Maui-born woman named to National 4-H Hall of Fame
Helene Zeug’s decades of service recognized
With more than four decades of service, Maui-born Helene Horimoto Zeug will be inducted into the National 4-H Hall of Fame — only the second person ever from Hawaii.
The other Hawaii person in the 4-H Hall of Fame is astronaut Ellison Onizuka, who was killed in the Space Shuttle Challenger accident in 1986.
Zeug, 79, spent 41 years working for the University of Hawaii Extension Service as a 4-H agent in Honolulu and later as Associate State 4-H Leader before retiring in 2004.
The 4-H program, which is more than a century old, is a youth development organization that serves 6 million kids, teens and their families nationwide. The research-based programs focus on leadership, citizenship, communication and life skills, as well as hands-on learning with science, engineering and agriculture.
“I think one of the best ways to describe her is she’s a very can-do kind of a person,” said husband Mark Zeug on Thursday afternoon. “Obstacles didn’t really stop her.”
Being named to the 4-H Hall of Fame is quite an honor. There are 4-H programs in every state and each one is allowed one nomination per year. Only about 15 people are inducted annually.
Astronaut Onizuka of Hawaii island, who was actually nominated by Helene Zeug, was the previous Hawaii inductee in the 2002 Hall of Fame class.
Helene Zeug was born and raised in Waihee and is a St. Anthony High School graduate. The mother of two has lived on Oahu throughout her professional career but still has a lot of family on Maui.
Over the past few years, Helene Zeug has been battling advanced Parkinson’s disease and Parkinson’s related dementia. Still, the memory of her 4-H experience as a youth on Maui remains vivid most days, her husband said.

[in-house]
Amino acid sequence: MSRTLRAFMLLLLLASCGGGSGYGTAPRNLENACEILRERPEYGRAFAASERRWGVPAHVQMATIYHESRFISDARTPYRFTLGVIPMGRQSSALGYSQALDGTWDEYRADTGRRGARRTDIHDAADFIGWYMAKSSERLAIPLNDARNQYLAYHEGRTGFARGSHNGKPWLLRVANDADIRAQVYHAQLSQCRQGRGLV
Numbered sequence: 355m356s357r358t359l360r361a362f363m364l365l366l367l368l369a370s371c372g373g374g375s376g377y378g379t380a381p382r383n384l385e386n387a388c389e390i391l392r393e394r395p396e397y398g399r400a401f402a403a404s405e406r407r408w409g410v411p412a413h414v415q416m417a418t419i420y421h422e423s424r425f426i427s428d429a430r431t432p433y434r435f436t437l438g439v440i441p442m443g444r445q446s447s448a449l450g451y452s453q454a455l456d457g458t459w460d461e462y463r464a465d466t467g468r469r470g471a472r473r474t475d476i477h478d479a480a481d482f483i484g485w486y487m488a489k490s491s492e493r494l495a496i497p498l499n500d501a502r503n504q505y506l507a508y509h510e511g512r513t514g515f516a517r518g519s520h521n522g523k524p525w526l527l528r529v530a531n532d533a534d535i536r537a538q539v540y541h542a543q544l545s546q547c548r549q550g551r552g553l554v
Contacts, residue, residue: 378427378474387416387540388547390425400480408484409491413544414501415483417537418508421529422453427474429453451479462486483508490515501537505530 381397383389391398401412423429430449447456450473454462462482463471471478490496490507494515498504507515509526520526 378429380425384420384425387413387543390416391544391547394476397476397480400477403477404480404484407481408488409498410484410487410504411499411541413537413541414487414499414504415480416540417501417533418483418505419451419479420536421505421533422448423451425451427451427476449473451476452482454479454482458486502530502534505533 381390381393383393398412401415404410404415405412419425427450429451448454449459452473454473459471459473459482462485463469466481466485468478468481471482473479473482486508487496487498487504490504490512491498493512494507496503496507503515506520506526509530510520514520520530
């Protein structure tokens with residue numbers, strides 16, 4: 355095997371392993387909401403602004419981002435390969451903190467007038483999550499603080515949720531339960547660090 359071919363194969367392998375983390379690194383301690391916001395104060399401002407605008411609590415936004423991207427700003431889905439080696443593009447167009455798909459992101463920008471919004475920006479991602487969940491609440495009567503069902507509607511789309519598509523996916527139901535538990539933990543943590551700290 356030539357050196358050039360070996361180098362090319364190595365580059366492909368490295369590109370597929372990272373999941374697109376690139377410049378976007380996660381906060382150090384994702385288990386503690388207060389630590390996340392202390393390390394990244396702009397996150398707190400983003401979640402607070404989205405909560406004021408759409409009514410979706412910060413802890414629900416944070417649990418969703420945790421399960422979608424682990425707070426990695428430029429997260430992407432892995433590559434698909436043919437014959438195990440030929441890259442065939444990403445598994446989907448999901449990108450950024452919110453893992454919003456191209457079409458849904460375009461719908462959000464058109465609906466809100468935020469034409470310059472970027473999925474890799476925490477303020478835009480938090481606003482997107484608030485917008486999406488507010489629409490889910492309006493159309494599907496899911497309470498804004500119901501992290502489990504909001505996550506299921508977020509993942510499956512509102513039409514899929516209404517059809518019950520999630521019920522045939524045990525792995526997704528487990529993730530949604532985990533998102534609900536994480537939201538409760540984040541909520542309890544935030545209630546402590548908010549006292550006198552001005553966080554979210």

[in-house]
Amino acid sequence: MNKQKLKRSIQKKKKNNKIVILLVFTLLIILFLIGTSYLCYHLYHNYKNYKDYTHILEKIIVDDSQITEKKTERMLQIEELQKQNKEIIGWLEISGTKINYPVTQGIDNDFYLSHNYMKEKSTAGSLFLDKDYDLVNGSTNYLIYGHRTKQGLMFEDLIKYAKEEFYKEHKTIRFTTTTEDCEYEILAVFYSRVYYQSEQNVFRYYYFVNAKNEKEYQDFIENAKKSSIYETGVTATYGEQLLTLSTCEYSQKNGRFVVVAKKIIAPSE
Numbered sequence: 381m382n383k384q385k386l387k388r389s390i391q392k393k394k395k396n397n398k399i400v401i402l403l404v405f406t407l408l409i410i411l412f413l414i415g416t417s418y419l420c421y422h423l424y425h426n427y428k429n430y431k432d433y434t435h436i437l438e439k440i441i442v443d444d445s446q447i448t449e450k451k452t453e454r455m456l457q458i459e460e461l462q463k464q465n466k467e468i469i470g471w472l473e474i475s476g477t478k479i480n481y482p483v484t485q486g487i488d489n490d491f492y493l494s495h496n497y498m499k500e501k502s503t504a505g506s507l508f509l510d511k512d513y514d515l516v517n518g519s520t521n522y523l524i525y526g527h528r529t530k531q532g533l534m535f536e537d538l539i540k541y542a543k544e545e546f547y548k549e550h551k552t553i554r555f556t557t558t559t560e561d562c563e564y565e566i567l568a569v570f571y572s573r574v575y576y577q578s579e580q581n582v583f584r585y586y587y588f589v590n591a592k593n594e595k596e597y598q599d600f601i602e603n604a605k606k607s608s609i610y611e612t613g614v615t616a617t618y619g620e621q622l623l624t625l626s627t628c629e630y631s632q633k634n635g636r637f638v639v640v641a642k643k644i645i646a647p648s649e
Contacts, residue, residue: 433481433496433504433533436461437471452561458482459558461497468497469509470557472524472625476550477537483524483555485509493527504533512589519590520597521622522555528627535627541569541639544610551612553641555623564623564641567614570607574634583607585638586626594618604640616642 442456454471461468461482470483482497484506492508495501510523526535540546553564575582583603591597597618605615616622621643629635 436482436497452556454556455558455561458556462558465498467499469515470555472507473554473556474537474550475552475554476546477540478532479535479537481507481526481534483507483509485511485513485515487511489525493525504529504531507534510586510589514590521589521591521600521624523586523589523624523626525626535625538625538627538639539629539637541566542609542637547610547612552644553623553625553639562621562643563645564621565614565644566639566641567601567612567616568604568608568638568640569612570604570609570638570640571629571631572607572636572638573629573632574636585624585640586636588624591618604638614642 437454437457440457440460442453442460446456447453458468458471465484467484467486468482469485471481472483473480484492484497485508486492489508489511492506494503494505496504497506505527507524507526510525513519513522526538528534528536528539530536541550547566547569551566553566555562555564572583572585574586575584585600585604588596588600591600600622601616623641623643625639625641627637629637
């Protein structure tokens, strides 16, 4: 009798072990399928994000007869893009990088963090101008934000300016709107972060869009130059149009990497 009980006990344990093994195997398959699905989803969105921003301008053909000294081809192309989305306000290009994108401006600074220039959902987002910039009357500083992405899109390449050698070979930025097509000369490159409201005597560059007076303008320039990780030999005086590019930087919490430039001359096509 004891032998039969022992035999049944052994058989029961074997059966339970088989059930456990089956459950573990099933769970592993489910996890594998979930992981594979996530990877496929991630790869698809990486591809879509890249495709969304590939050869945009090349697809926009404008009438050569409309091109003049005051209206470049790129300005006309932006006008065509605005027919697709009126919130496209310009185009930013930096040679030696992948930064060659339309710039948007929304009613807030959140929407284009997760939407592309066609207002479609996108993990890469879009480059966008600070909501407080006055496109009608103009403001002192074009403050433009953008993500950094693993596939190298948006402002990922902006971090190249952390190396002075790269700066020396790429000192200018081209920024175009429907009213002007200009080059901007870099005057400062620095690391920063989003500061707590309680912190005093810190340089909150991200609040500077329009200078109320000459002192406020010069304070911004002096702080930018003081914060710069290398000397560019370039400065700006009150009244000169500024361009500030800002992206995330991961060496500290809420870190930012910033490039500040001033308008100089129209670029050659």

During a phone interview Thursday, Helene Zeug told The Maui News of a 4-H program T-shirt she cherishes and wears as often as she can, and said she enjoyed her time as an agent and met many wonderful students along the way.
She also still remembers her childhood 4-H leader, Gladys Lai, whom she admired and lived close to in Waihee.
In offering her nomination to the National 4-H Hall of Fame Committee, Mark Zeug and Hawaii 4-H Program Leader Jeff Goodwin wrote about how she has “left a lasting legacy of 4-H activism and community outreach in Hawaii.”
Goodwin said she was the clear choice to represent Hawaii.
“We had to make sure we put forth our best nomination,” Goodwin said in a phone interview. “When I looked around, there was nobody else but Helene to be that nomination. . . . There was no choice that needed to be made, it was a pretty easy pick for us.
“I’ve always known she was an important part of the 4-H program.”
Helene Zeug is set to be inducted into the Hall of Fame on Oct. 2 in Washington, D.C., along with 16 other inductees if COVID-19 does not thwart those plans. Officials have discussed moving the ceremony to an online platform, as well as honoring the 2020 class next year alongside the 2021 inductees.
The Hall of Fame recognizes 4-H volunteers, extension professionals, staff members, donors and others who have made a significant impact on the 4-H program and members.
“These individuals have touched the lives of many people, from 4-H staff and colleagues to thousands of 4-H volunteers and members throughout the nation,” Jeannette Rea Keywood, chairwoman of the National 4-H Hall of Fame, said in a news release last month.